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1/27/2014
11:26 AM
Michael Endler
Michael Endler
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Windows vs. Mac: Desktop Battle Lines Drawn

Reports and executives' hints frame potential Mac vs. PC debates of the future.

7 Mistakes Microsoft Made In 2013
7 Mistakes Microsoft Made In 2013
(Click image for larger view and slideshow.)

PC and tablet users might have gained insight last week into Apple's and Microsoft's future strategies from clues in remarks from top Apple executives and screenshots picturing an update allegedly coming to Windows 8.1.

The hints mainly revolve around features and user interface aesthetics, but their most interesting implications involve the companies' philosophical outlooks on computing -- namely, whether a PC and a tablet can or should exist in the same package.

Microsoft marched aggressively into the convergence camp with Windows 8 to mostly disastrous effect. The company has since found a smoother desktop-mobile blend in Windows 8.1, but the OS has still made only modest gains. Recent reports indicate future Windows updates will maintain the OS's current foundation while making more concessions to desktop users, many of whom find the current version too touch-centric.

[Good news for Win XP fans: See Microsoft Delays Windows XP Antivirus Doomsday.]

Apple, which last week celebrated the 30th anniversary of its Mac computer line, has kept its laptops defiantly devoid of touchscreens, but rumors have long indicated that some iOS/OS X hybrid device might be in the works. Patents show Apple has at least considered the concept, but top execs strongly suggested last week that customers shouldn't expect a hybrid iDevice anytime soon.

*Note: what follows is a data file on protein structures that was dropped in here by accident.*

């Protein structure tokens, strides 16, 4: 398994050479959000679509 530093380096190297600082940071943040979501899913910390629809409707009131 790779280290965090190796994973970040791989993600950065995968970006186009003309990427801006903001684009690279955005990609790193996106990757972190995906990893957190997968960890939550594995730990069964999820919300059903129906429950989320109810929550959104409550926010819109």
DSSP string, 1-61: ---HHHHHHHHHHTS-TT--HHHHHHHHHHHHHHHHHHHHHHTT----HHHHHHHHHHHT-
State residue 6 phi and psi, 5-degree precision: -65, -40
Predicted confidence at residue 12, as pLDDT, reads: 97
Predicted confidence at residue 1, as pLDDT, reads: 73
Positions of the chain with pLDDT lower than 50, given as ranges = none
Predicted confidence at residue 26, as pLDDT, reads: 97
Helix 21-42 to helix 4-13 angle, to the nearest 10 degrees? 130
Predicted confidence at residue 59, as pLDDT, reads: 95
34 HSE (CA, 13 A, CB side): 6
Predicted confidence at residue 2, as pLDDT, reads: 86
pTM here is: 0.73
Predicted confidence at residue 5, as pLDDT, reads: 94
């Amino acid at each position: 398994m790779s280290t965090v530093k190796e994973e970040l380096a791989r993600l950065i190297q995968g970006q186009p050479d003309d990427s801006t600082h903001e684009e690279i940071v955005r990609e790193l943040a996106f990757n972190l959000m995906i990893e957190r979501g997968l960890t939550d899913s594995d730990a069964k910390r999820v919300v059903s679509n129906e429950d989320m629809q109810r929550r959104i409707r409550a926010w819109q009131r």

"You don't want to say the Mac became less good at being a Mac because someone tried to turn it into iOS," said Apple senior VP Craig Federighi, who oversees both Apple's mobile and desktop OSes, in an interview with Macworld, published Thursday. "At the same time, you don't want to feel like iOS was designed by [one] company and Mac was designed by [a different] company."

Federighi also dismissed touchscreens on PCs, stating they don't provide a good experience. Apple senior VP Phil Schiller said in the same interview that it's less important for tablet and PC interfaces to converge than for experiences to move seamlessly across devices.

How does this compare to what's cooking at Microsoft? Officially, the company isn't saying much, except that its enterprise business is soaring, and that its Surface products have been upgraded from massively unprofitable to somewhat unprofitable.

But unofficial reports from usually reliable sources suggest Microsoft will retreat somewhat, but not completely, from its original vision of convergence.

Previous reports from sources including ZDNet, The Verge, and Windows expert Paul Thurrott indicate Microsoft is readying at least one update, possibly two, for Windows 8.1. A major update codenamed Threshold, but which might be called Windows 9 for marketing purposes, is expected to follow in spring 2015. It will allegedly integrate several features aimed at mouse-and-keyboard users, including a Start menu like the one in Windows 7 and the ability to run windowed Modern apps from the desktop.